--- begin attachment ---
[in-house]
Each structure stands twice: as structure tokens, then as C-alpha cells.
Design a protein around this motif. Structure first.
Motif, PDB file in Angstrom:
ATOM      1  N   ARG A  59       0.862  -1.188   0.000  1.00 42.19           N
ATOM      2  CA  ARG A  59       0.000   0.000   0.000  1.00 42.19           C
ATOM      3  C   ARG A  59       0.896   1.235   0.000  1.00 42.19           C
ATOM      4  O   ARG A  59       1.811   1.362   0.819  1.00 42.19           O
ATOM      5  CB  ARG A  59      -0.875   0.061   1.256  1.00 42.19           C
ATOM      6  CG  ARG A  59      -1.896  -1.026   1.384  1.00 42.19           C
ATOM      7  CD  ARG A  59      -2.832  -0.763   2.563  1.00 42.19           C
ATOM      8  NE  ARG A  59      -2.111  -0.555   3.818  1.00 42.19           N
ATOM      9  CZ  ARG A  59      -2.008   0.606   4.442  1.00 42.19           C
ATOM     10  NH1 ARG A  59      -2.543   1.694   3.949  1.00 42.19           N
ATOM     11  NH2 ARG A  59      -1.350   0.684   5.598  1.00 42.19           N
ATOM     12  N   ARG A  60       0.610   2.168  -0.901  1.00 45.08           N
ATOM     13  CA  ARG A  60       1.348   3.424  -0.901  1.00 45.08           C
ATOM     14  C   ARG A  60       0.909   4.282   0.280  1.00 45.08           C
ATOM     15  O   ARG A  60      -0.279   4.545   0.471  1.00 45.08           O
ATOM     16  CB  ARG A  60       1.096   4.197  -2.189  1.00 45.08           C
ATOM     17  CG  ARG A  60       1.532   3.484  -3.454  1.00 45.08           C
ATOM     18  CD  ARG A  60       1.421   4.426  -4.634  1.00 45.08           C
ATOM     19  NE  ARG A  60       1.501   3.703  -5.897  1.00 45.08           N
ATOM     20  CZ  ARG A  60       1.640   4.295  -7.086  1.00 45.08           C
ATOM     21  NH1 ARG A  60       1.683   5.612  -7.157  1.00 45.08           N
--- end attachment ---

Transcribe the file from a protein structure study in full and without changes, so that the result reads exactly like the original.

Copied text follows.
[in-house]
Each structure stands twice: as structure tokens, then as C-alpha cells.
Design a protein around this motif. Structure first.
Motif, PDB file in Angstrom:
ATOM      1  N   ARG A  59       0.862  -1.188   0.000  1.00 42.19           N
ATOM      2  CA  ARG A  59       0.000   0.000   0.000  1.00 42.19           C
ATOM      3  C   ARG A  59       0.896   1.235   0.000  1.00 42.19           C
ATOM      4  O   ARG A  59       1.811   1.362   0.819  1.00 42.19           O
ATOM      5  CB  ARG A  59      -0.875   0.061   1.256  1.00 42.19           C
ATOM      6  CG  ARG A  59      -1.896  -1.026   1.384  1.00 42.19           C
ATOM      7  CD  ARG A  59      -2.832  -0.763   2.563  1.00 42.19           C
ATOM      8  NE  ARG A  59      -2.111  -0.555   3.818  1.00 42.19           N
ATOM      9  CZ  ARG A  59      -2.008   0.606   4.442  1.00 42.19           C
ATOM     10  NH1 ARG A  59      -2.543   1.694   3.949  1.00 42.19           N
ATOM     11  NH2 ARG A  59      -1.350   0.684   5.598  1.00 42.19           N
ATOM     12  N   ARG A  60       0.610   2.168  -0.901  1.00 45.08           N
ATOM     13  CA  ARG A  60       1.348   3.424  -0.901  1.00 45.08           C
ATOM     14  C   ARG A  60       0.909   4.282   0.280  1.00 45.08           C
ATOM     15  O   ARG A  60      -0.279   4.545   0.471  1.00 45.08           O
ATOM     16  CB  ARG A  60       1.096   4.197  -2.189  1.00 45.08           C
ATOM     17  CG  ARG A  60       1.532   3.484  -3.454  1.00 45.08           C
ATOM     18  CD  ARG A  60       1.421   4.426  -4.634  1.00 45.08           C
ATOM     19  NE  ARG A  60       1.501   3.703  -5.897  1.00 45.08           N
ATOM     20  CZ  ARG A  60       1.640   4.295  -7.086  1.00 45.08           C
ATOM     21  NH1 ARG A  60       1.683   5.612  -7.157  1.00 45.08           N